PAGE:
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Event Detail Information

Event Detail Information


Matthew S. Winters, Department of Political Science, UIUC

Date Feb 11, 2014
Time 2:00 pm  

101 ISB, 910 S. Fifht Street, Champaign IL


Lemann Institute for Brazilian Studies, Center for Latin American and Caribbean Studies

Event type Lecture Series
Views 27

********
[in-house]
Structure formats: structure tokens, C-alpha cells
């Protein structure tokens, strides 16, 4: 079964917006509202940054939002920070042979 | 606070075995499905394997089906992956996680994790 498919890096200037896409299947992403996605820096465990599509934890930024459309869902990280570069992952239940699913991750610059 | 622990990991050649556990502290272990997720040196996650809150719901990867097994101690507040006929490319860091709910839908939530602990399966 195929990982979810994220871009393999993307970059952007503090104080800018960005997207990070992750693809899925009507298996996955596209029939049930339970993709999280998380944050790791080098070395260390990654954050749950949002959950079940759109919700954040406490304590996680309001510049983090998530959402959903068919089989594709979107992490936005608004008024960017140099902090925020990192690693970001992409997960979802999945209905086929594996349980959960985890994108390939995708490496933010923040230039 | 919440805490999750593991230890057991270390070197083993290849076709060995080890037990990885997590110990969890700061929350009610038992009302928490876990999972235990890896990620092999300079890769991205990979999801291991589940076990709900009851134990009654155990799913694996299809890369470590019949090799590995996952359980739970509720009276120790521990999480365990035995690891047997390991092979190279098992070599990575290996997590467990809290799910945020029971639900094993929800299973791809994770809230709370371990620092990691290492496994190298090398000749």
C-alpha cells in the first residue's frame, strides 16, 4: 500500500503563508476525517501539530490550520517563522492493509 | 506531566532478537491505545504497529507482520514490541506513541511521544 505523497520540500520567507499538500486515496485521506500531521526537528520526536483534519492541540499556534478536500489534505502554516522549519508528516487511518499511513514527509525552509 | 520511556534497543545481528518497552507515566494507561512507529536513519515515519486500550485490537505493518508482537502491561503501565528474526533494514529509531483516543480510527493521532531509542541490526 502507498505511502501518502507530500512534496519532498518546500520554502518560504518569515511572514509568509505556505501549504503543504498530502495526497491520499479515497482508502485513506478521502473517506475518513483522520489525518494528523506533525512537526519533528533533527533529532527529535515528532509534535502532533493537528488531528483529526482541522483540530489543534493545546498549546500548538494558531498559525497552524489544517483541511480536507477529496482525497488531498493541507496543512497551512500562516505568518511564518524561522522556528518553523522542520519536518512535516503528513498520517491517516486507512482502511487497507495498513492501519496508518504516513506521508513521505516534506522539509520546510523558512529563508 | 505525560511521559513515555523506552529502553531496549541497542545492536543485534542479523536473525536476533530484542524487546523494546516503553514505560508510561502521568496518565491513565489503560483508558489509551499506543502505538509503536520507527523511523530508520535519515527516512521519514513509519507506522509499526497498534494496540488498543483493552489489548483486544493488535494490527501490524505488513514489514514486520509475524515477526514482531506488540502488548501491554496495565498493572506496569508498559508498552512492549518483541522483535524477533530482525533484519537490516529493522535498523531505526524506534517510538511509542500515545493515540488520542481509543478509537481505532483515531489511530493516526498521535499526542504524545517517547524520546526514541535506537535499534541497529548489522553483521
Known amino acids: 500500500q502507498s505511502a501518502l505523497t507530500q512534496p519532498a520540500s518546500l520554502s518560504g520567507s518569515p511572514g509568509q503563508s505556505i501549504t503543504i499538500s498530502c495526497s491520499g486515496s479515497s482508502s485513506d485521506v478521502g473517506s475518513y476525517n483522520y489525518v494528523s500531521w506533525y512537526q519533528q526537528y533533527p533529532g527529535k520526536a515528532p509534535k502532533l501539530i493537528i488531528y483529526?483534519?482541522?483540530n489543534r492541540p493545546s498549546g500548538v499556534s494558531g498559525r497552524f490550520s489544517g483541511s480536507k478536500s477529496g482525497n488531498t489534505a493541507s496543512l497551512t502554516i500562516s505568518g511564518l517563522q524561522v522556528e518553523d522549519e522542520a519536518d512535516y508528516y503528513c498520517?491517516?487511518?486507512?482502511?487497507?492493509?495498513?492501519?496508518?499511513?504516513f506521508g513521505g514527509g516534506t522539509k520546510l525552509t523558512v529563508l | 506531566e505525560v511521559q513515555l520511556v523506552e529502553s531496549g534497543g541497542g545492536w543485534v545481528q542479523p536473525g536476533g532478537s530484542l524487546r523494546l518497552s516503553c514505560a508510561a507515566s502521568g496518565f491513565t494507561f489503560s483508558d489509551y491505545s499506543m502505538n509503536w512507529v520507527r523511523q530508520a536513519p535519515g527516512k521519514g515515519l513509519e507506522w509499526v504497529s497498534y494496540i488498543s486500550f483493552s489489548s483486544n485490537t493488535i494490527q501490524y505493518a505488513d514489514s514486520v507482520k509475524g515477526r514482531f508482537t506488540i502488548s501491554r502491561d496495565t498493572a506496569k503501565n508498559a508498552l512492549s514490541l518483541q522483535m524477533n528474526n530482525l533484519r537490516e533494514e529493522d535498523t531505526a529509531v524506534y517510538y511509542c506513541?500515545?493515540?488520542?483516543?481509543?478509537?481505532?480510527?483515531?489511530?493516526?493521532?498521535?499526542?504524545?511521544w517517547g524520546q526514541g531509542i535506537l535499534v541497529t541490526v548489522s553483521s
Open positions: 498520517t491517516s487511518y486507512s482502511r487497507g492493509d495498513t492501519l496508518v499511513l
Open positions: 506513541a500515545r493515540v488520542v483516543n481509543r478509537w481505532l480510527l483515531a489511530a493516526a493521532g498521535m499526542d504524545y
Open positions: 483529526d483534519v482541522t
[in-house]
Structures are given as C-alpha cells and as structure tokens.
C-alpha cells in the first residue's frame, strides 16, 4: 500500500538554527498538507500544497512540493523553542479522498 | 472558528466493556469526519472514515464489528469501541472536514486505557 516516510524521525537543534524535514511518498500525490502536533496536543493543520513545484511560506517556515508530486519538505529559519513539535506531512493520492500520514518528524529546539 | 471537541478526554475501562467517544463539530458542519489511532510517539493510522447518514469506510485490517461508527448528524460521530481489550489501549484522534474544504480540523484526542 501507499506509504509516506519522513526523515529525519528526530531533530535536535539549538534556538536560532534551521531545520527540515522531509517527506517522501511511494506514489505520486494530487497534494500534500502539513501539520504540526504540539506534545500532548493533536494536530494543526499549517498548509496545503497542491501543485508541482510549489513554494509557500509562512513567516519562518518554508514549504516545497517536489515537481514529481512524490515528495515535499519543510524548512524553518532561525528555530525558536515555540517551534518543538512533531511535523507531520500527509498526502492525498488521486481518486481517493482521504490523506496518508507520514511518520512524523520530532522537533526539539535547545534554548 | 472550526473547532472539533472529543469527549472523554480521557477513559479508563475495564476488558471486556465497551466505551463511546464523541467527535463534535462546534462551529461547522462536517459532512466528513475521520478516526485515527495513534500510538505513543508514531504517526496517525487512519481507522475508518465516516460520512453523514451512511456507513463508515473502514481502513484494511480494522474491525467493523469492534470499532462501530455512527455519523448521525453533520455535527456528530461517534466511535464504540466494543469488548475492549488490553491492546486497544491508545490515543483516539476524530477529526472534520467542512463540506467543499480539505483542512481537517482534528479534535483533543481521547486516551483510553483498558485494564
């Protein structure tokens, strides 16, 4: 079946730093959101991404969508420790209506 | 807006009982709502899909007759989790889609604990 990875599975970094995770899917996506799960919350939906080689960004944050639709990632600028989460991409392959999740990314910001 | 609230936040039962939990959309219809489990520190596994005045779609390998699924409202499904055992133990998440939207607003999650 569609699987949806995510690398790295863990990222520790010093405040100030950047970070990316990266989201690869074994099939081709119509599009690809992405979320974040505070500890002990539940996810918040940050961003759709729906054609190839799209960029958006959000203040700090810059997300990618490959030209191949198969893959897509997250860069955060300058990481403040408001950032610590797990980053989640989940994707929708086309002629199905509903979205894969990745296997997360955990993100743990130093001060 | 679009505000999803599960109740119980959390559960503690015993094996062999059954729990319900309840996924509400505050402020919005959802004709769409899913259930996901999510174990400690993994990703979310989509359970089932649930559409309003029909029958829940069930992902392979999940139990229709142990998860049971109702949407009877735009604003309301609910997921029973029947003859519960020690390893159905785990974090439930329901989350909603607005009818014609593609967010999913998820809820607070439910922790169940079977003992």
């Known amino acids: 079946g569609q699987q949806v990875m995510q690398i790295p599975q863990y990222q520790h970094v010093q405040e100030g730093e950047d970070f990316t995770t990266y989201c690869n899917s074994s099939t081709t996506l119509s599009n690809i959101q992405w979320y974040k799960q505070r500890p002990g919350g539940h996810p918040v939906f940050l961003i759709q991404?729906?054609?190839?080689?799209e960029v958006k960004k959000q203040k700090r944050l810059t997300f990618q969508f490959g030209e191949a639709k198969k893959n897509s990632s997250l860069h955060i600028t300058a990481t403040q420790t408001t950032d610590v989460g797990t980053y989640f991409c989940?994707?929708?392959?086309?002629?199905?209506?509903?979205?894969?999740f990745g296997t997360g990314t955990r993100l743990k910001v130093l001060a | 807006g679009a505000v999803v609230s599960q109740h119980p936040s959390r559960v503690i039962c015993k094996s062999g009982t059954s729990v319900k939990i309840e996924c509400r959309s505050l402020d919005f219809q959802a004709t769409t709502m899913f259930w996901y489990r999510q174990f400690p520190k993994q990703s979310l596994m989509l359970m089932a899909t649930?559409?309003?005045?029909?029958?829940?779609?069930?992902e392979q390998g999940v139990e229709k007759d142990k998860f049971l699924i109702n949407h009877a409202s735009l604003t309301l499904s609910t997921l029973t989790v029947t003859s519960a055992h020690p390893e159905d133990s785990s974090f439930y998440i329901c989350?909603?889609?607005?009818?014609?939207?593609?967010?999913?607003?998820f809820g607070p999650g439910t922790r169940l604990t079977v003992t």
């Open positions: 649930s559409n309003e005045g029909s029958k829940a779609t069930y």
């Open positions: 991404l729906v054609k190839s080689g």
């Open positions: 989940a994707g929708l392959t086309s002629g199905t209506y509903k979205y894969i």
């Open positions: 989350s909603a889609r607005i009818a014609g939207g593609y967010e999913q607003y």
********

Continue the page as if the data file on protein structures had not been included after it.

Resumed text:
It is commonly believed in Brazil that voters are tolerant of corruption as long as corrupt politicians are providing other public goods that voters demand.  We use survey experimental methods to explore how widespread this view actually is and find little evidence in a nationwide survey that voters will condone corruption even when politicians are otherwise performing well.  Instead, we find that voters strongly punish corrupt politicians.  In a follow-up survey, we explored the extent to which the source and specificity of the corruption information matter.  We find that Brazilian voters discern between information provided by central government audits as compared to opposition party accusations and between corruption in which a mayor is directly implicated as compared to the municipal administration more generally.  Our results give us reasons to be optimistic about the likely success of anti-corruption campaigns in Brazil

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